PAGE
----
1975 RD125 Resto-rebuild

with 6 Comments
Yamaha RD125
Yamaha RD125

I bought this RD125 for my wife as an engagement present in the spring of 2016. I snuck around, borrowed a truck from a friend, took a day off work, ran halfway across the state, bought the bike, drove back home, snuck the bike into our garage, returned the pickup truck, then made it home at the same time I always got home. My wife never suspected a thing. When I proposed I surprised her with it and she was blown away! That’s the upside. The downside is that life has seriously gotten in the way of getting this little twin 125 on the road. The time for that rebuild and restoration is now.

I don’t plan on doing a full restoration. Parts for the RD125 are just too hard to come by these days to get this bike back to a perfect OEM state, and the bike isn’t particularly valuable or sought after anyways. This in mind, the plan is to keep it mostly stock, and most importantly get it running nicely. In the process of getting there, I will clean up the rust, replace anything that needs replacing, and generally make sure it’s safe to ride.

I have a good start on it. Over the last four years I have managed to replace the tires, work over the charging system, fix the turn signals, and replace the carburetors. The bike ran, but ran inconsistently as of last fall. The lead me to me to believe crank seals were due for replacing, of course, them being 45 years old should have been enough convincing.

The bike is mostly disassembled now. I have cleaned up a large number of the parts in the blast cabinet and am getting close to applying some powder coat. I also picked up a new toaster oven for curing the powder coat as my old oven was damaged in a flood. The motor is partly disassembled and once I have that finished, I will be ordering parts for it. A new chain and sprockets are on the way, new seat cover has been ordered, stainless engine bolts are coming, new keys (to replace the lost originals) are here already, and I’ll of course be building shocks for it too! Here are a few photos of the process, I will make new posts as updates continue.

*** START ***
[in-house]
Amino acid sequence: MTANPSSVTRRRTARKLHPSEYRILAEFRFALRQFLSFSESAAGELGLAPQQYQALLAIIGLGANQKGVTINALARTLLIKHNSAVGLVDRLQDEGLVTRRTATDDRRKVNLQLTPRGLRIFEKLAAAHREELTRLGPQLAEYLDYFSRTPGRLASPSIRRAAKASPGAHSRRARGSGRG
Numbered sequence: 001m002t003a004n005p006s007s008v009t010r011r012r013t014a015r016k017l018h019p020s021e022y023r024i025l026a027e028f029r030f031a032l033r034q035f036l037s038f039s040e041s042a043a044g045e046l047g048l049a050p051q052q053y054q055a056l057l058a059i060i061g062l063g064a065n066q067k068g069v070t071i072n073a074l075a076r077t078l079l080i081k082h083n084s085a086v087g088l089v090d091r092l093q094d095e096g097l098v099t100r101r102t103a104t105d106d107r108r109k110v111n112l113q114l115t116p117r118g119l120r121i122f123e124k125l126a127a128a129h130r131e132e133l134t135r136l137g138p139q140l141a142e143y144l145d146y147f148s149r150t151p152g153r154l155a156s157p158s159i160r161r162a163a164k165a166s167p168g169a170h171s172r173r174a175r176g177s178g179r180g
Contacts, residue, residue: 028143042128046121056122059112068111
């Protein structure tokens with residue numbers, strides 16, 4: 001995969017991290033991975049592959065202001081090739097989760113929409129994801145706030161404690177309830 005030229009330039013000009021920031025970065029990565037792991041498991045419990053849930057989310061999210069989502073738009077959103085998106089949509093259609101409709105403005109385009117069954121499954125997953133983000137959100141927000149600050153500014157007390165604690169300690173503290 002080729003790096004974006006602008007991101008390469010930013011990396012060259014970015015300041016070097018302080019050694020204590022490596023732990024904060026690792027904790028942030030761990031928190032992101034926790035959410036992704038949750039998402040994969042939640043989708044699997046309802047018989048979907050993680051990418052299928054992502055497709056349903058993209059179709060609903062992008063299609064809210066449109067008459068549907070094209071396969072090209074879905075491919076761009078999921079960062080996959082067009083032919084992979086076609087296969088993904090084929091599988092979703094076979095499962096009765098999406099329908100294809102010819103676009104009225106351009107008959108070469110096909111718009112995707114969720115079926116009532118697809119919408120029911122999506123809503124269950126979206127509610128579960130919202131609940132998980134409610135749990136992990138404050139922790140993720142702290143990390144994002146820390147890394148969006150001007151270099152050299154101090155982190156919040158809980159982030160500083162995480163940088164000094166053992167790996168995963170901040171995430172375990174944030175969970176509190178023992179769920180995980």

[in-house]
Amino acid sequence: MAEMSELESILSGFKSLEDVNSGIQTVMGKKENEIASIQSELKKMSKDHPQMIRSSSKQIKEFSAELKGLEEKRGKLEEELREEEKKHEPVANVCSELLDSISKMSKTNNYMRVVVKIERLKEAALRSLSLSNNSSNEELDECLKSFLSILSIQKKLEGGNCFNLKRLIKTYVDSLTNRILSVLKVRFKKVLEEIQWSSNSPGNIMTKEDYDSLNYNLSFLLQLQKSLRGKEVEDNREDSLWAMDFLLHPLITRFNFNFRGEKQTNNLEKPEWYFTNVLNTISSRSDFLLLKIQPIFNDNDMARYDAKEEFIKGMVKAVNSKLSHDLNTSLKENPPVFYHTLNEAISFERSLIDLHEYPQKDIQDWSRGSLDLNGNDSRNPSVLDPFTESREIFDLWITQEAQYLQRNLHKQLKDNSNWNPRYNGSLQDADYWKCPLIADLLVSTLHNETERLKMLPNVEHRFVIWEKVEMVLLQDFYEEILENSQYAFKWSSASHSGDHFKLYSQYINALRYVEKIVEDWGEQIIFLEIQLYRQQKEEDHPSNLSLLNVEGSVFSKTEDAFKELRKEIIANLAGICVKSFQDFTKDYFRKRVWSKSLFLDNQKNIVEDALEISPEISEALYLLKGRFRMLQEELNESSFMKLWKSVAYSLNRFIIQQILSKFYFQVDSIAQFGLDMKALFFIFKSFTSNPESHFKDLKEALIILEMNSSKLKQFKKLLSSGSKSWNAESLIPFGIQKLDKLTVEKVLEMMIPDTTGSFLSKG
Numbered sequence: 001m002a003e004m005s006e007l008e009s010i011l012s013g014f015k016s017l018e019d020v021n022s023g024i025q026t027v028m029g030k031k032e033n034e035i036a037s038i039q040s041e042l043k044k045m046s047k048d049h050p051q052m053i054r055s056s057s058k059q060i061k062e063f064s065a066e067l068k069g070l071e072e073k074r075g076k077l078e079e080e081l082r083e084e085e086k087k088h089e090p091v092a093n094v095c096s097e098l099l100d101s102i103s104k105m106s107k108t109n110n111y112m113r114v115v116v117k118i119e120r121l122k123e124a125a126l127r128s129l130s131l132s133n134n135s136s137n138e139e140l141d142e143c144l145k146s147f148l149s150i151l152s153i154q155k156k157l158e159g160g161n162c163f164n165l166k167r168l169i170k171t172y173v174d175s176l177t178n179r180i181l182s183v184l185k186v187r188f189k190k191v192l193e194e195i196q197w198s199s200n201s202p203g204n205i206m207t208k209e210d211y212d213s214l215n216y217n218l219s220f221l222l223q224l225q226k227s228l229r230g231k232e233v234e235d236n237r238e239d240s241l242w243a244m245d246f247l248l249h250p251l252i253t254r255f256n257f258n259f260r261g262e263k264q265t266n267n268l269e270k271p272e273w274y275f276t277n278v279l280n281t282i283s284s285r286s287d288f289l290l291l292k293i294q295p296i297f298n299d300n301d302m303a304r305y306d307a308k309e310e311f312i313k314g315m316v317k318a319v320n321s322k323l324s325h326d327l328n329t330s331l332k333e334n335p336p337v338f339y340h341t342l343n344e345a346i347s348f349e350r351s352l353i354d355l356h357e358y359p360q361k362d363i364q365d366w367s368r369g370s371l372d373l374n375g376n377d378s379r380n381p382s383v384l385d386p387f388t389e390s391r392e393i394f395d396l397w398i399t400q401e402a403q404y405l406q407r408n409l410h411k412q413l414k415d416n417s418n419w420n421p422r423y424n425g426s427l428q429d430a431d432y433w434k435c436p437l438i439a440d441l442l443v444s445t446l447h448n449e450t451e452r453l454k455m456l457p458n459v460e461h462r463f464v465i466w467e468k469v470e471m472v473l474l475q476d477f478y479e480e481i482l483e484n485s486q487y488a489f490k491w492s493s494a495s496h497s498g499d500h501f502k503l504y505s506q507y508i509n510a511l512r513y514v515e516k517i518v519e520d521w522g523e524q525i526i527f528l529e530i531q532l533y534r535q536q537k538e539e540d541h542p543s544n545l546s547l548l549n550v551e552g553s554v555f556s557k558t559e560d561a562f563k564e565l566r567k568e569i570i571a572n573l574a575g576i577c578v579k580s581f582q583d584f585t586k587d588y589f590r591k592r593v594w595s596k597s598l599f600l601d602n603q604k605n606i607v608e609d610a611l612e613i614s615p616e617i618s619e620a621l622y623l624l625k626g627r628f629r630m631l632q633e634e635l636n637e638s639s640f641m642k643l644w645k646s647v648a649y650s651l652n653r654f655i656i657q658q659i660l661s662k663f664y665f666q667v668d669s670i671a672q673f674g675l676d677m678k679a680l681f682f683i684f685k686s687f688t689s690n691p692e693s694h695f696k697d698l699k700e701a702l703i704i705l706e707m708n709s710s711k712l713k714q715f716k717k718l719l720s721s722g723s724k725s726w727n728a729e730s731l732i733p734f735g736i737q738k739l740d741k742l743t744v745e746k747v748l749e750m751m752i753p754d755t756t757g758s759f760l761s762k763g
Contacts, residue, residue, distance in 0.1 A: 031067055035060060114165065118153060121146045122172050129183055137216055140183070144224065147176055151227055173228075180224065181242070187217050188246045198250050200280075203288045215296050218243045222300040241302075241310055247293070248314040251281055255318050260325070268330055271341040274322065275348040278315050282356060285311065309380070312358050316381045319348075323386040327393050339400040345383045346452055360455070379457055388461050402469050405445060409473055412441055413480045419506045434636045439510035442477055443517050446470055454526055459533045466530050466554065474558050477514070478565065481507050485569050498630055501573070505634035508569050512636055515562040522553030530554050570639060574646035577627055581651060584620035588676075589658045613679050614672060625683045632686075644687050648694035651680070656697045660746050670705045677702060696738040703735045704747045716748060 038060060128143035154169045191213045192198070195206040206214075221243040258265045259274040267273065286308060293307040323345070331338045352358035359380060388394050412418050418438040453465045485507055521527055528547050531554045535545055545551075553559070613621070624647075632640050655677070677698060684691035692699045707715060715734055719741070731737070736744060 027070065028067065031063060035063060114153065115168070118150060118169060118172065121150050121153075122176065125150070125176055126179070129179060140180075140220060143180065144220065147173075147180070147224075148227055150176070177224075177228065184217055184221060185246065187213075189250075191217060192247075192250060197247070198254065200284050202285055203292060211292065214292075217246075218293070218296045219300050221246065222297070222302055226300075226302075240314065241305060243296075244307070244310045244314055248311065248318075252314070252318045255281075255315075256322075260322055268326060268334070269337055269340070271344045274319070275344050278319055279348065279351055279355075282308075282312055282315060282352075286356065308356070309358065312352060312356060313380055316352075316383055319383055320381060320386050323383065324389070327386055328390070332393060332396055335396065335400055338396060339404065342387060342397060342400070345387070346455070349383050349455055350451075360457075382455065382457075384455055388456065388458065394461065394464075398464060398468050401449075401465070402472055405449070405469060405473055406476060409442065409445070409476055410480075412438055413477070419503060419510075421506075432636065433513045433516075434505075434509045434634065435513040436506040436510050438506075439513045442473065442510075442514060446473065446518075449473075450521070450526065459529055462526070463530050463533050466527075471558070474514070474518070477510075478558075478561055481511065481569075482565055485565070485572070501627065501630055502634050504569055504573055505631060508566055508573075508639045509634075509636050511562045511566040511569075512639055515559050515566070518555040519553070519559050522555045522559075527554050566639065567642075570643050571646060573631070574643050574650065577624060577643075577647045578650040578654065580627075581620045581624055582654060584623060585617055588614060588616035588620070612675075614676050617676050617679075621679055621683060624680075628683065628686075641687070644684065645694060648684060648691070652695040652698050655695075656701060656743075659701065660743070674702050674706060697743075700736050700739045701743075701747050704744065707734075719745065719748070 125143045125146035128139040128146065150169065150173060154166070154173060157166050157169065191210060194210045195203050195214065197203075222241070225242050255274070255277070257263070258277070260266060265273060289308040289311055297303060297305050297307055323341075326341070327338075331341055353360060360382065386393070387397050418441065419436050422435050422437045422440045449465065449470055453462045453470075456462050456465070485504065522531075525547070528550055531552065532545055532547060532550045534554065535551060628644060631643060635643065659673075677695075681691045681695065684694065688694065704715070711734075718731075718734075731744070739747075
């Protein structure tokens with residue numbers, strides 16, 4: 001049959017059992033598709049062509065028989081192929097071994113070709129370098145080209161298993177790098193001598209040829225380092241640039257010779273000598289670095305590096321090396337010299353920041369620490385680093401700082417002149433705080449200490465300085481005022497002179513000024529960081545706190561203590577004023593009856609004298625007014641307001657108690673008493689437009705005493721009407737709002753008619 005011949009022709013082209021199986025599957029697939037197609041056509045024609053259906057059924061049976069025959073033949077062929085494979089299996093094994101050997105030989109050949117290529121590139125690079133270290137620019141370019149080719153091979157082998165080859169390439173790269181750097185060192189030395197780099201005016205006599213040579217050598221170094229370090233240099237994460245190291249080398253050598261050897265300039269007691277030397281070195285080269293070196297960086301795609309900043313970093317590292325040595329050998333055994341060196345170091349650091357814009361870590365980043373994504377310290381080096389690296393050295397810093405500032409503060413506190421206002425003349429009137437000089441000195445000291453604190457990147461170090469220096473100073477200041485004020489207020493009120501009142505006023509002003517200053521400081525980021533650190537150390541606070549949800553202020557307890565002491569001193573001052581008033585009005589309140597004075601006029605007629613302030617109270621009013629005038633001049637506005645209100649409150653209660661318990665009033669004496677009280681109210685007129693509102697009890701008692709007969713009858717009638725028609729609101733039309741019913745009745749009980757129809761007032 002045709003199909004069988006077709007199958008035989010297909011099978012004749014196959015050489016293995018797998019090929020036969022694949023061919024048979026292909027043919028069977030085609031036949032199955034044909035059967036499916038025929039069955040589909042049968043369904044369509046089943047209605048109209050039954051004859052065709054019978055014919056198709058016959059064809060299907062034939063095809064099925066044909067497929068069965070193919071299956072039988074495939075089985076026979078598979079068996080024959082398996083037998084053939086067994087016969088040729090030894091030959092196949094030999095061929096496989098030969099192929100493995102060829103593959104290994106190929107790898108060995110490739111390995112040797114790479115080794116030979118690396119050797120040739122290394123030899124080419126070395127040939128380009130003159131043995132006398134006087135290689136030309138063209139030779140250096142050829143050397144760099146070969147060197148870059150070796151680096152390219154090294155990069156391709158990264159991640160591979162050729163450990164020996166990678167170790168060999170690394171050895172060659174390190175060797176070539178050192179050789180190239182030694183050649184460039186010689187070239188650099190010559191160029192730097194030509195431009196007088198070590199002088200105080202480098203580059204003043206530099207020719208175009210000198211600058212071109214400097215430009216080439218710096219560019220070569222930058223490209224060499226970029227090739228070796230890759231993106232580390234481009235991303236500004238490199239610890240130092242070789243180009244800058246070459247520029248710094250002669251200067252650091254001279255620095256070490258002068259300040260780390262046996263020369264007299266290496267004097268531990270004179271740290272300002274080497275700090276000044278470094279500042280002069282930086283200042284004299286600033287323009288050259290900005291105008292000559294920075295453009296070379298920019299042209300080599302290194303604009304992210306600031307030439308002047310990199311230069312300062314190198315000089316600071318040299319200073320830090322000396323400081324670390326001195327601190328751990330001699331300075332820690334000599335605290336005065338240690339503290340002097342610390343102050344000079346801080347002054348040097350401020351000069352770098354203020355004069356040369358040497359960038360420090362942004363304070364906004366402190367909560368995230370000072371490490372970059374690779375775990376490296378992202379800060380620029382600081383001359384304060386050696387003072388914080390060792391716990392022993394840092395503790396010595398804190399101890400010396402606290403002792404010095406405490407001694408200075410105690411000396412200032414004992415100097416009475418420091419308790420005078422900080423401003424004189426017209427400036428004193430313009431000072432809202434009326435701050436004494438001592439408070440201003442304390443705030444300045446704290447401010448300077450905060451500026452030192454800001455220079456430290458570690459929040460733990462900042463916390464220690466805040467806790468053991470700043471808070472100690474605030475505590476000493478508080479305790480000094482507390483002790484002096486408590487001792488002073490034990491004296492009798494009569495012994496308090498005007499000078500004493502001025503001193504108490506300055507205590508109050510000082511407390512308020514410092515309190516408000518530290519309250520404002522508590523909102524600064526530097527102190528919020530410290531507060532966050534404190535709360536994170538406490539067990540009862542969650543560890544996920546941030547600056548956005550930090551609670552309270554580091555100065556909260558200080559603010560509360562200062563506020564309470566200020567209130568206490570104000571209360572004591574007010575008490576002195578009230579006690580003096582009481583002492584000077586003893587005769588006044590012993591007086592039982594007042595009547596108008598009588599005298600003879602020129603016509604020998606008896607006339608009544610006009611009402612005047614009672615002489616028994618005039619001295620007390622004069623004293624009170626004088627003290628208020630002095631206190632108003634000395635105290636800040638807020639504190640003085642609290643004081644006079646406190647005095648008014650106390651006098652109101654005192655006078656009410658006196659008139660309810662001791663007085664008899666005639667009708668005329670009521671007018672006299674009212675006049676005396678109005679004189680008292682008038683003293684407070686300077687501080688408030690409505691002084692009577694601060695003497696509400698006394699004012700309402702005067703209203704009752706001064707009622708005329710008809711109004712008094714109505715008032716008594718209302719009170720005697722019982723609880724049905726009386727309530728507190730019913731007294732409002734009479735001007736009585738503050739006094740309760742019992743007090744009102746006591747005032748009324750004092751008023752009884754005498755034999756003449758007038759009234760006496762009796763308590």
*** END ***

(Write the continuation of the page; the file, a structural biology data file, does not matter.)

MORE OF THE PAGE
6 Responses

  1. Ross
    | Reply

    Any update on the rebuild. I’m in the process of rebuilding one myself

    • Chris
      | Reply

      Ross,

      I haven’t done a lot to it recently but I plan to get back to it next week. The motor is ready to go back together. Cylinders are done, crank is rebuilt, the bike is on its wheels and looks okay. The tank and plastics need work, but I’ll worry about that in the fall.

      The plan is to get it running and then chip away at the remaining parts.

      Thanks,
      Chris

  2. Rob
    | Reply

    If you took pictures or videos disassembling your motor id really appreciate seeing them…a mechanic took mine apart honed the engine and rebuilt the crank and he didnt finish it so im having to do it myself… given quotes of $900 and $1500 i just cant pay that?
    Thanks

    • Chris
      | Reply

      Hi Rob,

      Sorry for not getting back to you sooner. I don’t have any videos, they would be terribly boring anyways.

      I use manuals from this site: http://www.yamaparts.com/manuals/

      – CL

  3. Rob
    | Reply

    Is there a shop manual you can recommend? I have one ready to reassemble as well(crank and barrels are done)
    Ive never rebuilt anything in my life…lol

  4. gary
    | Reply

    A RD 200 engine drops right it. Did it on girlfriend’s bike back in the late ’70’s. Can’t remember if I got the electric start to work.

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